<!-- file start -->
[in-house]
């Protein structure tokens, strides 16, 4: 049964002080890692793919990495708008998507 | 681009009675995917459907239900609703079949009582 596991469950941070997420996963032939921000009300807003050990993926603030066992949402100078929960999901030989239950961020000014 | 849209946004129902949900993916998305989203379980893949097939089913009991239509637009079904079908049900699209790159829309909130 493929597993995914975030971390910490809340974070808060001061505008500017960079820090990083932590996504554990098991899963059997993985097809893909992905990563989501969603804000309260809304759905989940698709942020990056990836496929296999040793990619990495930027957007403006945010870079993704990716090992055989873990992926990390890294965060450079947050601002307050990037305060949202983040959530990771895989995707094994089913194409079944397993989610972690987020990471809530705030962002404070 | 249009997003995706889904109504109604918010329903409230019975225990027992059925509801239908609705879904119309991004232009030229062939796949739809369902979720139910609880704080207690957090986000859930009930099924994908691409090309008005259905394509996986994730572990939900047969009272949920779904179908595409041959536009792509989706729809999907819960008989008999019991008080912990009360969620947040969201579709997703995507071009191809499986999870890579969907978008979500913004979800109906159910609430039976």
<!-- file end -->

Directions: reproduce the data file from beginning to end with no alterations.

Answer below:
[in-house]
């Protein structure tokens, strides 16, 4: 049964002080890692793919990495708008998507 | 681009009675995917459907239900609703079949009582 596991469950941070997420996963032939921000009300807003050990993926603030066992949402100078929960999901030989239950961020000014 | 849209946004129902949900993916998305989203379980893949097939089913009991239509637009079904079908049900699209790159829309909130 493929597993995914975030971390910490809340974070808060001061505008500017960079820090990083932590996504554990098991899963059997993985097809893909992905990563989501969603804000309260809304759905989940698709942020990056990836496929296999040793990619990495930027957007403006945010870079993704990716090992055989873990992926990390890294965060450079947050601002307050990037305060949202983040959530990771895989995707094994089913194409079944397993989610972690987020990471809530705030962002404070 | 249009997003995706889904109504109604918010329903409230019975225990027992059925509801239908609705879904119309991004232009030229062939796949739809369902979720139910609880704080207690957090986000859930009930099924994908691409090309008005259905394509996986994730572990939900047969009272949920779904179908595409041959536009792509989706729809999907819960008989008999019991008080912990009360969620947040969201579709997703995507071009191809499986999870890579969907978008979500913004979800109906159910609430039976």